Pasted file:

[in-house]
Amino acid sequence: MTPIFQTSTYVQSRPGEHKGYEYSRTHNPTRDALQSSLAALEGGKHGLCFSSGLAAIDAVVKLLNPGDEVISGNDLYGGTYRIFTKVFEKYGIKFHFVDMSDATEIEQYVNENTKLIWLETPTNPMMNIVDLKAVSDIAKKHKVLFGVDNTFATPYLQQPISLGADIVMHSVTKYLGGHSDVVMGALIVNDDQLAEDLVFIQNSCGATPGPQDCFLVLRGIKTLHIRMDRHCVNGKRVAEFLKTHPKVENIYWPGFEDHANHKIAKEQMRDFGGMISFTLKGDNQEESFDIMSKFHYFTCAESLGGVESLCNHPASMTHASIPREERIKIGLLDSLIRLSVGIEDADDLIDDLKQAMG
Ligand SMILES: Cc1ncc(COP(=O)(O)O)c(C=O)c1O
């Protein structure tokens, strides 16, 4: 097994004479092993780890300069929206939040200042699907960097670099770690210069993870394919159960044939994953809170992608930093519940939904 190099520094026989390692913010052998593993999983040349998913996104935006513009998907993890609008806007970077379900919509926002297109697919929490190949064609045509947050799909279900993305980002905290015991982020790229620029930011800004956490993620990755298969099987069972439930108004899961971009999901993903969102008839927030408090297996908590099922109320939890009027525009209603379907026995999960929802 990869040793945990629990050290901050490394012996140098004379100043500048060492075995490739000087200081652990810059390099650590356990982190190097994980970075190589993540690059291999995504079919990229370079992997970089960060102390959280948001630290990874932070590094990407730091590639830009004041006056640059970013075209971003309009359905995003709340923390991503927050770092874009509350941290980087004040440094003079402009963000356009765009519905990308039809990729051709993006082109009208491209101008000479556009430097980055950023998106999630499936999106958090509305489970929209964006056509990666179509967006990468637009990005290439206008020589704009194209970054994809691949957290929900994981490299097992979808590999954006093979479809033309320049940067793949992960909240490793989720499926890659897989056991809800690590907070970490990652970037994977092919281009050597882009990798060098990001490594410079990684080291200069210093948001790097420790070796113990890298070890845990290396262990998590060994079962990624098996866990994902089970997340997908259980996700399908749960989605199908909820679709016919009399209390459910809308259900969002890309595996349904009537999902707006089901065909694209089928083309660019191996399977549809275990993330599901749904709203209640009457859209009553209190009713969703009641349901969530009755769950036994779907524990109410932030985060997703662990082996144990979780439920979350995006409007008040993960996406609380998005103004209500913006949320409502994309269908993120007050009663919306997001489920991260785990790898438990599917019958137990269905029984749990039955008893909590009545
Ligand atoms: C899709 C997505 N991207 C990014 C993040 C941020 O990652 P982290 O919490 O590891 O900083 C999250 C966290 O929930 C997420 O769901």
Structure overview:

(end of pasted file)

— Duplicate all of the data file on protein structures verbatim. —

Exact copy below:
[in-house]
Amino acid sequence: MTPIFQTSTYVQSRPGEHKGYEYSRTHNPTRDALQSSLAALEGGKHGLCFSSGLAAIDAVVKLLNPGDEVISGNDLYGGTYRIFTKVFEKYGIKFHFVDMSDATEIEQYVNENTKLIWLETPTNPMMNIVDLKAVSDIAKKHKVLFGVDNTFATPYLQQPISLGADIVMHSVTKYLGGHSDVVMGALIVNDDQLAEDLVFIQNSCGATPGPQDCFLVLRGIKTLHIRMDRHCVNGKRVAEFLKTHPKVENIYWPGFEDHANHKIAKEQMRDFGGMISFTLKGDNQEESFDIMSKFHYFTCAESLGGVESLCNHPASMTHASIPREERIKIGLLDSLIRLSVGIEDADDLIDDLKQAMG
Ligand SMILES: Cc1ncc(COP(=O)(O)O)c(C=O)c1O
């Protein structure tokens, strides 16, 4: 097994004479092993780890300069929206939040200042699907960097670099770690210069993870394919159960044939994953809170992608930093519940939904 190099520094026989390692913010052998593993999983040349998913996104935006513009998907993890609008806007970077379900919509926002297109697919929490190949064609045509947050799909279900993305980002905290015991982020790229620029930011800004956490993620990755298969099987069972439930108004899961971009999901993903969102008839927030408090297996908590099922109320939890009027525009209603379907026995999960929802 990869040793945990629990050290901050490394012996140098004379100043500048060492075995490739000087200081652990810059390099650590356990982190190097994980970075190589993540690059291999995504079919990229370079992997970089960060102390959280948001630290990874932070590094990407730091590639830009004041006056640059970013075209971003309009359905995003709340923390991503927050770092874009509350941290980087004040440094003079402009963000356009765009519905990308039809990729051709993006082109009208491209101008000479556009430097980055950023998106999630499936999106958090509305489970929209964006056509990666179509967006990468637009990005290439206008020589704009194209970054994809691949957290929900994981490299097992979808590999954006093979479809033309320049940067793949992960909240490793989720499926890659897989056991809800690590907070970490990652970037994977092919281009050597882009990798060098990001490594410079990684080291200069210093948001790097420790070796113990890298070890845990290396262990998590060994079962990624098996866990994902089970997340997908259980996700399908749960989605199908909820679709016919009399209390459910809308259900969002890309595996349904009537999902707006089901065909694209089928083309660019191996399977549809275990993330599901749904709203209640009457859209009553209190009713969703009641349901969530009755769950036994779907524990109410932030985060997703662990082996144990979780439920979350995006409007008040993960996406609380998005103004209500913006949320409502994309269908993120007050009663919306997001489920991260785990790898438990599917019958137990269905029984749990039955008893909590009545
Ligand atoms: C899709 C997505 N991207 C990014 C993040 C941020 O990652 P982290 O919490 O590891 O900083 C999250 C966290 O929930 C997420 O769901």
Structure overview: